We therefore undertook a comprehensive population-based, sibling-controlled cohort study in Sweden to explore the associations between a normal upper/lower GI biopsy and risk of cancer. We hypothesized that individuals with a normal upper/lower GI biopsy had a decreased risk for CRC but increased risk for other cancers. We compared these individuals with their individually matched population references as well as their unexposed full siblings to address the potential concern of confounding.
Study design and participants
Individuals with normal mucosa were retrieved from the nationwide histopathology cohort ESPRESSO (Epidemiology Strengthened by histoPathology Reports in Sweden) . ESPRESSO was collected during 2015–2017 from all 28 pathology departments in Sweden, and included information from biopsy reports on topography (upper GI tract: T60-T65; and lower GI tract: T66-T69 or T6X) and morphology (through the Systematized Nomenclature of Medicine (SNOMED) system to code histopathology). We also requested data on the personal identity number assigned to all residents in Sweden , date of biopsy, as well as county of the pathology department.
Those with the first GI biopsy report of normal mucosa (SNOMED codes: M00100 and M00110) and without other aberration were identified as the exposed individuals. Hence, individuals with for instance an earlier record of celiac disease or inflammatory bowel disease (IBD), where subsequent biopsies may show a normal mucosa, were excluded. Our definition of normal mucosa has a high positive predictive value (> 98%) for both upper and lower GI biopsies with a result of normal mucosa .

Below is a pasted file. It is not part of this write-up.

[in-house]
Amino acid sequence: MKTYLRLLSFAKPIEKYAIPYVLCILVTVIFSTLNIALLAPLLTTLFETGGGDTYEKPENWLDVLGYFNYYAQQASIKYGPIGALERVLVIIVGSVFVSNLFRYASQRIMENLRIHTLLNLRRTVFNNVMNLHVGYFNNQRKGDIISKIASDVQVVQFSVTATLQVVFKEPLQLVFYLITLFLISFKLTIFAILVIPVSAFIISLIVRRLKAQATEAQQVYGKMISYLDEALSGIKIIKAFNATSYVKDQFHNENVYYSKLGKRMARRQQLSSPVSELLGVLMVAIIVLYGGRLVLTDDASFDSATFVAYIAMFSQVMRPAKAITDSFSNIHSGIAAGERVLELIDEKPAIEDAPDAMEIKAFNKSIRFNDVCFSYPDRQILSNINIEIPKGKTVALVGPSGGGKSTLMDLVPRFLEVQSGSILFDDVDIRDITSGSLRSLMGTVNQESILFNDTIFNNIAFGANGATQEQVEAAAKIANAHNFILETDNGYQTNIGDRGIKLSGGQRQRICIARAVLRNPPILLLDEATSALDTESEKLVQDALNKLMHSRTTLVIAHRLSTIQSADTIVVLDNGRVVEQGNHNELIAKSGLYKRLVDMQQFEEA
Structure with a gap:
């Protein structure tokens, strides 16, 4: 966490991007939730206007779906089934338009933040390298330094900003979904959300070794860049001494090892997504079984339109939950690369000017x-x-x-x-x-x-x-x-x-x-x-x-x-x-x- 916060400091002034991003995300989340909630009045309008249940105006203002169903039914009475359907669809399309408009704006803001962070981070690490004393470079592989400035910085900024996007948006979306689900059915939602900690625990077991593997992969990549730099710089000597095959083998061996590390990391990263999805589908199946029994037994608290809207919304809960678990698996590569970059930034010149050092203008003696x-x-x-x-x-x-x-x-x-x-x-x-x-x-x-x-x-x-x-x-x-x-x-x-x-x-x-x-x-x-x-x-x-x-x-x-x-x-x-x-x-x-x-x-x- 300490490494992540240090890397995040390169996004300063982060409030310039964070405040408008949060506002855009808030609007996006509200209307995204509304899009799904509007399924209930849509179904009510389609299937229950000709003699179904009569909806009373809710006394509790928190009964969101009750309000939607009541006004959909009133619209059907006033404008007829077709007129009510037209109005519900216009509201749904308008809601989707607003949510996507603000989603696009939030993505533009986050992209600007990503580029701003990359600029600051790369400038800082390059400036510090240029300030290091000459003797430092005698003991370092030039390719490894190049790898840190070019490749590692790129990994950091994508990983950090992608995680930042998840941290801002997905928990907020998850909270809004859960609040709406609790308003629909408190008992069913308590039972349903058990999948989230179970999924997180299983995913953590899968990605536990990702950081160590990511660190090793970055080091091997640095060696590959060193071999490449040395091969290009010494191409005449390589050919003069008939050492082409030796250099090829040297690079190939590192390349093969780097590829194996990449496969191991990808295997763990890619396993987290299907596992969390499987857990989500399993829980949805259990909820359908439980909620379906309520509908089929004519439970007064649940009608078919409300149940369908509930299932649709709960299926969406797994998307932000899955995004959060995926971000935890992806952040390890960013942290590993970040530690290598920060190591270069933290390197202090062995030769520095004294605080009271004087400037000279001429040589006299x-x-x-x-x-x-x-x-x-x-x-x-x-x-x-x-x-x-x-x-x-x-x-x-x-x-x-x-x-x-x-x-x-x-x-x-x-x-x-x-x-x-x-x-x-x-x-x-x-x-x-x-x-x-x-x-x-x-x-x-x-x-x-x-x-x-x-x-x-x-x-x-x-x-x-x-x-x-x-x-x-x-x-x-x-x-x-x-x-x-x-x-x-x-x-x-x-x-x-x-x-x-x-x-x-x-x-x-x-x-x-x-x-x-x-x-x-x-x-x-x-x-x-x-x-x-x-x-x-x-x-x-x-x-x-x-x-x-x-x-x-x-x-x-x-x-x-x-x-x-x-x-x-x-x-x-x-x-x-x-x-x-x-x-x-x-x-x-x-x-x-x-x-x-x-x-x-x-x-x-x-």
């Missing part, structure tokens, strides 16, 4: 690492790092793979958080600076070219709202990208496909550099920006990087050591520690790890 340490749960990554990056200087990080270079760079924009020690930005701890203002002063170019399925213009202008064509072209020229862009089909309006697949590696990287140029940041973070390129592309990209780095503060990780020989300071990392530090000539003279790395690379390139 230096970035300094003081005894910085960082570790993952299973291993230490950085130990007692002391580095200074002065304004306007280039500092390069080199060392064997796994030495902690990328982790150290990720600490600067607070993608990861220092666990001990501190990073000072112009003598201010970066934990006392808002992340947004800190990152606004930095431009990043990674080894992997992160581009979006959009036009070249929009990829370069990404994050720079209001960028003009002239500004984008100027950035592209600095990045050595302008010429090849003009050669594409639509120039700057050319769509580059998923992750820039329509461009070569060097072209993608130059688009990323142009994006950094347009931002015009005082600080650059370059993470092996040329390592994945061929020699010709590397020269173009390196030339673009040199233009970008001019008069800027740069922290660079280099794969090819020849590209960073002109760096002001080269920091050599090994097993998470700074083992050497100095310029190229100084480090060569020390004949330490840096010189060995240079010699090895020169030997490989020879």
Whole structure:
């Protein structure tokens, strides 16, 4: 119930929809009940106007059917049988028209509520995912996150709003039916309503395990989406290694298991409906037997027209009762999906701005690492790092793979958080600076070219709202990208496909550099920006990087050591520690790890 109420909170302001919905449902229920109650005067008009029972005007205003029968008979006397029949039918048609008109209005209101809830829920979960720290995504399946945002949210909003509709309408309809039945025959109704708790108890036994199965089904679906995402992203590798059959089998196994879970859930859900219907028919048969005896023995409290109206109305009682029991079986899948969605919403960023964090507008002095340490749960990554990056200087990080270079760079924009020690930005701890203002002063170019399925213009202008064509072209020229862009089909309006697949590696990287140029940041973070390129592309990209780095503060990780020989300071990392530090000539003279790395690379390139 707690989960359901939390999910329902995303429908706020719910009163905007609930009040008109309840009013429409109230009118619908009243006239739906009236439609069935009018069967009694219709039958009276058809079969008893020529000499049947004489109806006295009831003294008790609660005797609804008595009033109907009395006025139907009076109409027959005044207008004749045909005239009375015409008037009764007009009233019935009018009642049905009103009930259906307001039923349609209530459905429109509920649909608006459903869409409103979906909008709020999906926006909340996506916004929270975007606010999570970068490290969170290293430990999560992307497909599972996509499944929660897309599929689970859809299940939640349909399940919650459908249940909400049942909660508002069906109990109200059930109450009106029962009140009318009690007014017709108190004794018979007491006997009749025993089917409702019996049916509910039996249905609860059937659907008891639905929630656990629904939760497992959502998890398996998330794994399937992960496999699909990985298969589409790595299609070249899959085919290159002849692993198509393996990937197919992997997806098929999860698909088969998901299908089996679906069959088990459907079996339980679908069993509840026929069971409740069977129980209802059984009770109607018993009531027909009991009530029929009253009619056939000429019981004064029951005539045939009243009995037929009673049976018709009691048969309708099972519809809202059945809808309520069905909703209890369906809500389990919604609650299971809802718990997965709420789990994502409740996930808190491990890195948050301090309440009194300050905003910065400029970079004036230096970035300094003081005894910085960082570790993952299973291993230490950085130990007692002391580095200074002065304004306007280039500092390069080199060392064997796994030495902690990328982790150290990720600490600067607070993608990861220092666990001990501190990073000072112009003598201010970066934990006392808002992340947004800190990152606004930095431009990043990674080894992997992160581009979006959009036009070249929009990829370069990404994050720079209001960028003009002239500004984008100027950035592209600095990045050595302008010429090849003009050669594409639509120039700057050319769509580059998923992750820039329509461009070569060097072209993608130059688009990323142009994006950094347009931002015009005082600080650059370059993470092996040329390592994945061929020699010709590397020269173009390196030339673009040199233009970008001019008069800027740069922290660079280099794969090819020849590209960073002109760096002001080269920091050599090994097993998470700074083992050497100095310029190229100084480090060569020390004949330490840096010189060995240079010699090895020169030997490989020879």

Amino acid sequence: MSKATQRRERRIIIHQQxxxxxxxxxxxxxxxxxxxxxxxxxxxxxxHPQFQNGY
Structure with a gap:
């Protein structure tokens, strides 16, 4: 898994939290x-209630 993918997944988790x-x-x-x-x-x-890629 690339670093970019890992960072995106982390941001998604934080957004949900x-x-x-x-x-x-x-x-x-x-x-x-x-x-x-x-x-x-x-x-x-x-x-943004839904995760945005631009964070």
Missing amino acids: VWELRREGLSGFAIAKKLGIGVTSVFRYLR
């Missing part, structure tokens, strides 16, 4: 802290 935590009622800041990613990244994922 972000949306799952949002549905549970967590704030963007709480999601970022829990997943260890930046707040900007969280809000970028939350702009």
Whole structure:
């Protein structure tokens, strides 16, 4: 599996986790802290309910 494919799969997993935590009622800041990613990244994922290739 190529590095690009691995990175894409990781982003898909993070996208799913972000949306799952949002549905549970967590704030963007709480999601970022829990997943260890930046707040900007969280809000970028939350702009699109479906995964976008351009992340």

For every exposed individual with a GI biopsy of normal mucosa, up to five reference individuals were randomly selected from the Swedish Total Population Register , which contains data on migrations, births, and deaths. The exposed and reference individuals were individually and exactly matched by birth year, sex, county of residence, and calendar period. The reference individuals had to be alive and biopsy-naïve at time of selection. We restricted our analysis to both exposed and unexposed individuals with no earlier record of cancer.
To reduce residual confounding from the shared genetics and early environmental factors within families , we also identified biopsy-naïve full siblings of the exposed individuals. The siblings had to be alive and had no prior GI biopsy on the date of biopsy of the exposed individual.
All study participants were then followed through cross-linkages to several national registers using the unique personal identity number . End of follow-up was defined as date of incident cancer, a competing event (including death or emigration out of Sweden), or December 31, 2016, whichever came first. This cross-linkage guarantees a complete follow-up.